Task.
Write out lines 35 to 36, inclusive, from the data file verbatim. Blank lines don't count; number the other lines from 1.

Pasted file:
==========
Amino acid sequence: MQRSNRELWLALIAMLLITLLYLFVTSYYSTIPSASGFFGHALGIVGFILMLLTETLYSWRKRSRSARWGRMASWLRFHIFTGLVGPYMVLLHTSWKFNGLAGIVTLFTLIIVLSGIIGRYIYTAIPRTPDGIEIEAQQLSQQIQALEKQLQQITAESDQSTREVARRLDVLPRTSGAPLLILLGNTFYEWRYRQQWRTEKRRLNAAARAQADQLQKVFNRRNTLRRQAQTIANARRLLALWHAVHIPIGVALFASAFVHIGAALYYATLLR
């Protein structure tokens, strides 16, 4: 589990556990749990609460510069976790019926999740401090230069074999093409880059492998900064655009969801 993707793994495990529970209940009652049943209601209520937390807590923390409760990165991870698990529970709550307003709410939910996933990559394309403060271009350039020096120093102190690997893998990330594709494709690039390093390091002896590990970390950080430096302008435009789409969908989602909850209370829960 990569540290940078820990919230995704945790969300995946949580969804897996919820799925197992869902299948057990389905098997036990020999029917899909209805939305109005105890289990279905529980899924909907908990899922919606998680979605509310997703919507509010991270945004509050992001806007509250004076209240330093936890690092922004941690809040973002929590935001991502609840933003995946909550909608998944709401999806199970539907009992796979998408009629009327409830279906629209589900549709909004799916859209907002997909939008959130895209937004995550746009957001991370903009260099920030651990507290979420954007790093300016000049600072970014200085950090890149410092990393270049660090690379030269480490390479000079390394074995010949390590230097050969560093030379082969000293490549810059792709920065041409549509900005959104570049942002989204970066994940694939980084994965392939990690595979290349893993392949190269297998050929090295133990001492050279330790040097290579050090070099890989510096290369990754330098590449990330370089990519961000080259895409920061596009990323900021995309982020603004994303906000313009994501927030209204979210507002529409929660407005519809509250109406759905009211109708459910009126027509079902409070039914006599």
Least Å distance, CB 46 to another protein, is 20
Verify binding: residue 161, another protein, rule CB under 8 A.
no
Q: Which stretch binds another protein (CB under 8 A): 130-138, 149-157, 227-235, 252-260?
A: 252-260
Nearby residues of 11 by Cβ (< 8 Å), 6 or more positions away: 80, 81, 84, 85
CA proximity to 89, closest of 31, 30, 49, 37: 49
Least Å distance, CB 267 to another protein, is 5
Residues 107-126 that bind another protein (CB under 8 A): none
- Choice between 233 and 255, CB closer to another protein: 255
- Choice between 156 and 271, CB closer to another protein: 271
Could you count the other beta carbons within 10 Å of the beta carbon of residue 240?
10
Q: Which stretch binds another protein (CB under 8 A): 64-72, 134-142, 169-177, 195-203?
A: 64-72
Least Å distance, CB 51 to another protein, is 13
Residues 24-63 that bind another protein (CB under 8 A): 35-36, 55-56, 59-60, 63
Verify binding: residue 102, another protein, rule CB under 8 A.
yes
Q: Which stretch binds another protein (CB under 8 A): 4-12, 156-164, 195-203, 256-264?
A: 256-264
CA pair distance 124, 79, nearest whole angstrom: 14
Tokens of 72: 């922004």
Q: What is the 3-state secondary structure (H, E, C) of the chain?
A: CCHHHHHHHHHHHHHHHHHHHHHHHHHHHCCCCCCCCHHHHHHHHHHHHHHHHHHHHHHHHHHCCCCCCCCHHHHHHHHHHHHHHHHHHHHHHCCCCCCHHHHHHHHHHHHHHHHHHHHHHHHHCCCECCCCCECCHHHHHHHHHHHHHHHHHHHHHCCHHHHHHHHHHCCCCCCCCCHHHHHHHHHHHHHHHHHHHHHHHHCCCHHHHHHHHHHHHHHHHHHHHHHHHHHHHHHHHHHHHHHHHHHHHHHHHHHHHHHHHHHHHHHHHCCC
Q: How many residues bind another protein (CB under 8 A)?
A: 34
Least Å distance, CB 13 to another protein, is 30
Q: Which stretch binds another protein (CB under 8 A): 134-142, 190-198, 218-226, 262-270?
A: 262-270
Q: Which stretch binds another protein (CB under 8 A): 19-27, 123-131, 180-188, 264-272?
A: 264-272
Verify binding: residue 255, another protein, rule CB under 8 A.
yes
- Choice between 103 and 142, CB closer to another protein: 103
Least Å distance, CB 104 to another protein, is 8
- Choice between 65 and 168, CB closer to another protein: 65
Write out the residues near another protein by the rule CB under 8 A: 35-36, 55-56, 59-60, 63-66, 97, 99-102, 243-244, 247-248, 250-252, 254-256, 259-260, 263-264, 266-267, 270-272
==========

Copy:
Verify binding: residue 255, another protein, rule CB under 8 A.
yes